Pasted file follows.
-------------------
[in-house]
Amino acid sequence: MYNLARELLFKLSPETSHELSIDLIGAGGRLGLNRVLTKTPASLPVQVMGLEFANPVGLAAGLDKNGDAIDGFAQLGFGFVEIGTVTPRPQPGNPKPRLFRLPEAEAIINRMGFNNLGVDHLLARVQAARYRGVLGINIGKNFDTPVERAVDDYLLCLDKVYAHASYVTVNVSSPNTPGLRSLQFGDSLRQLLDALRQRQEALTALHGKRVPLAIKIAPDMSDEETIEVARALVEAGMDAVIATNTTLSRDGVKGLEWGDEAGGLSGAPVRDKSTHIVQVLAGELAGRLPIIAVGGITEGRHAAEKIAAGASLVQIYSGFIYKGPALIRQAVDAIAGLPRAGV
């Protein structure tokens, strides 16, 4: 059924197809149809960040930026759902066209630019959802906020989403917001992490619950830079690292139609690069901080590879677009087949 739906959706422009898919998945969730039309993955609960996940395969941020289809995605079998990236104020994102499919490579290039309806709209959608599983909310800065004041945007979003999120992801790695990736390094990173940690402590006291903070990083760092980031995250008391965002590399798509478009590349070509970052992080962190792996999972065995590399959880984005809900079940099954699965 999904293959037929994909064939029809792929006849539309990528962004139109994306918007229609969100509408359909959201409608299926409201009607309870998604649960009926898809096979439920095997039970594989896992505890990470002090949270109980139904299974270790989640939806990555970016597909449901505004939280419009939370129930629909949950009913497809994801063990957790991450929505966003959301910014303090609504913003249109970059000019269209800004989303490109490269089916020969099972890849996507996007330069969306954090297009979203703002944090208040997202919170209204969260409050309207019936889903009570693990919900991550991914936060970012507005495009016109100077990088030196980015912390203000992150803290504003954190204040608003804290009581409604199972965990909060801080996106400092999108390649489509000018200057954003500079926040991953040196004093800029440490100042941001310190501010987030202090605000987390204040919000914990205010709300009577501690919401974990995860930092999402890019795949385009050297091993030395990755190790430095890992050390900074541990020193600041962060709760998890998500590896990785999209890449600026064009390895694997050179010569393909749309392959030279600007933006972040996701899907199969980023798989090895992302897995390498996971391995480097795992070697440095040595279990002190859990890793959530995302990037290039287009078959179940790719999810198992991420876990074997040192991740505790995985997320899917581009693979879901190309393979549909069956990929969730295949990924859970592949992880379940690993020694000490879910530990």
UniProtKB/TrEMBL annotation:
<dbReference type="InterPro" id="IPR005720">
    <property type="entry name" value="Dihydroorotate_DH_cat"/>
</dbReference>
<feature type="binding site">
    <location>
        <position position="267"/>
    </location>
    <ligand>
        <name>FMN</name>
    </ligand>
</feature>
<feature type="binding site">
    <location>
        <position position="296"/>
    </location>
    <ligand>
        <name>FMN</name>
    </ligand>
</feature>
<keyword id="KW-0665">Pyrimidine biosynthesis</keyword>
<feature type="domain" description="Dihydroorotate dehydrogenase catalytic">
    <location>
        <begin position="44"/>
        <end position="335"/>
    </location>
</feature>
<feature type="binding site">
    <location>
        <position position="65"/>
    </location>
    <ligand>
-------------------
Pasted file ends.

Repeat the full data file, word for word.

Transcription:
[in-house]
Amino acid sequence: MYNLARELLFKLSPETSHELSIDLIGAGGRLGLNRVLTKTPASLPVQVMGLEFANPVGLAAGLDKNGDAIDGFAQLGFGFVEIGTVTPRPQPGNPKPRLFRLPEAEAIINRMGFNNLGVDHLLARVQAARYRGVLGINIGKNFDTPVERAVDDYLLCLDKVYAHASYVTVNVSSPNTPGLRSLQFGDSLRQLLDALRQRQEALTALHGKRVPLAIKIAPDMSDEETIEVARALVEAGMDAVIATNTTLSRDGVKGLEWGDEAGGLSGAPVRDKSTHIVQVLAGELAGRLPIIAVGGITEGRHAAEKIAAGASLVQIYSGFIYKGPALIRQAVDAIAGLPRAGV
């Protein structure tokens, strides 16, 4: 059924197809149809960040930026759902066209630019959802906020989403917001992490619950830079690292139609690069901080590879677009087949 739906959706422009898919998945969730039309993955609960996940395969941020289809995605079998990236104020994102499919490579290039309806709209959608599983909310800065004041945007979003999120992801790695990736390094990173940690402590006291903070990083760092980031995250008391965002590399798509478009590349070509970052992080962190792996999972065995590399959880984005809900079940099954699965 999904293959037929994909064939029809792929006849539309990528962004139109994306918007229609969100509408359909959201409608299926409201009607309870998604649960009926898809096979439920095997039970594989896992505890990470002090949270109980139904299974270790989640939806990555970016597909449901505004939280419009939370129930629909949950009913497809994801063990957790991450929505966003959301910014303090609504913003249109970059000019269209800004989303490109490269089916020969099972890849996507996007330069969306954090297009979203703002944090208040997202919170209204969260409050309207019936889903009570693990919900991550991914936060970012507005495009016109100077990088030196980015912390203000992150803290504003954190204040608003804290009581409604199972965990909060801080996106400092999108390649489509000018200057954003500079926040991953040196004093800029440490100042941001310190501010987030202090605000987390204040919000914990205010709300009577501690919401974990995860930092999402890019795949385009050297091993030395990755190790430095890992050390900074541990020193600041962060709760998890998500590896990785999209890449600026064009390895694997050179010569393909749309392959030279600007933006972040996701899907199969980023798989090895992302897995390498996971391995480097795992070697440095040595279990002190859990890793959530995302990037290039287009078959179940790719999810198992991420876990074997040192991740505790995985997320899917581009693979879901190309393979549909069956990929969730295949990924859970592949992880379940690993020694000490879910530990």
UniProtKB/TrEMBL annotation:
<dbReference type="InterPro" id="IPR005720">
    <property type="entry name" value="Dihydroorotate_DH_cat"/>
</dbReference>
<feature type="binding site">
    <location>
        <position position="267"/>
    </location>
    <ligand>
        <name>FMN</name>
    </ligand>
</feature>
<feature type="binding site">
    <location>
        <position position="296"/>
    </location>
    <ligand>
        <name>FMN</name>
    </ligand>
</feature>
<keyword id="KW-0665">Pyrimidine biosynthesis</keyword>
<feature type="domain" description="Dihydroorotate dehydrogenase catalytic">
    <location>
        <begin position="44"/>
        <end position="335"/>
    </location>
</feature>
<feature type="binding site">
    <location>
        <position position="65"/>
    </location>
    <ligand>